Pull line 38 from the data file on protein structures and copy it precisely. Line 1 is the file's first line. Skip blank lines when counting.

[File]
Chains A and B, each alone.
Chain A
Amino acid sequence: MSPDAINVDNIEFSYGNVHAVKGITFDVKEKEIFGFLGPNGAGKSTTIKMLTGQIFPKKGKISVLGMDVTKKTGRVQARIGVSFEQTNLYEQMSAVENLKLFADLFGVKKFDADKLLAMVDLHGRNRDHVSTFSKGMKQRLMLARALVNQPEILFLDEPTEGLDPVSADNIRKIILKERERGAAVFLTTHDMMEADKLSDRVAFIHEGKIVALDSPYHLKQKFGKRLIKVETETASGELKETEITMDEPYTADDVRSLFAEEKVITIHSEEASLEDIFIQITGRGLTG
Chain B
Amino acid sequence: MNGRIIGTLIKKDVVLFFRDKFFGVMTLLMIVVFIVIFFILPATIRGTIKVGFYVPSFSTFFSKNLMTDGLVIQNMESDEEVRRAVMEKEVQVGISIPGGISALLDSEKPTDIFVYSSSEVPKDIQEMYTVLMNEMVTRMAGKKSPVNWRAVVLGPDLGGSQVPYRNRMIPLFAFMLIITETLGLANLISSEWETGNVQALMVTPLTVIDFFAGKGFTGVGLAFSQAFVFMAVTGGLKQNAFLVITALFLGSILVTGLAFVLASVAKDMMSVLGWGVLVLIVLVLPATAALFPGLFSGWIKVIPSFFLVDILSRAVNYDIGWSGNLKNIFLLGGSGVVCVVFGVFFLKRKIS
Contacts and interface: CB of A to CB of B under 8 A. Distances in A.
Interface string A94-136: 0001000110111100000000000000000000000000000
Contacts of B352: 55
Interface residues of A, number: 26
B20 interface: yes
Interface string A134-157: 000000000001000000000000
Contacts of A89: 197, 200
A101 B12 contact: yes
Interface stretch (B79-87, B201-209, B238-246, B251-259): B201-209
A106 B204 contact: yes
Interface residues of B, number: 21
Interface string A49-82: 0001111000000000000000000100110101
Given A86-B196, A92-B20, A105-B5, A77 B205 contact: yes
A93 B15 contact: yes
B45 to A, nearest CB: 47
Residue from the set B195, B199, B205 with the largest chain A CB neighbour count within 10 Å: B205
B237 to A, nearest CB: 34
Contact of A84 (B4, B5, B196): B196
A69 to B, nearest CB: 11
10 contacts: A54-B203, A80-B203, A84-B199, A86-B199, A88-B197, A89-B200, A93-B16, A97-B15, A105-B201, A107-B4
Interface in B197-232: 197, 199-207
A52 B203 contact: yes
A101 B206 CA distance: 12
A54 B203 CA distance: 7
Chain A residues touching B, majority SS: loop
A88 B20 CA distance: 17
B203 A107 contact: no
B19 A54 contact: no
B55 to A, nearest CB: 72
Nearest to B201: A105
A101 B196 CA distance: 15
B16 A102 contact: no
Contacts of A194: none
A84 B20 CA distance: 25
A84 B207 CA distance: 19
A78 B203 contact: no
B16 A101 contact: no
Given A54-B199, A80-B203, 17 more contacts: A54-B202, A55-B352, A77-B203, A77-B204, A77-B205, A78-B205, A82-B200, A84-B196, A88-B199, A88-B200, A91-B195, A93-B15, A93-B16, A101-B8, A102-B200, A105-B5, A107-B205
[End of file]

Contacts of A194: none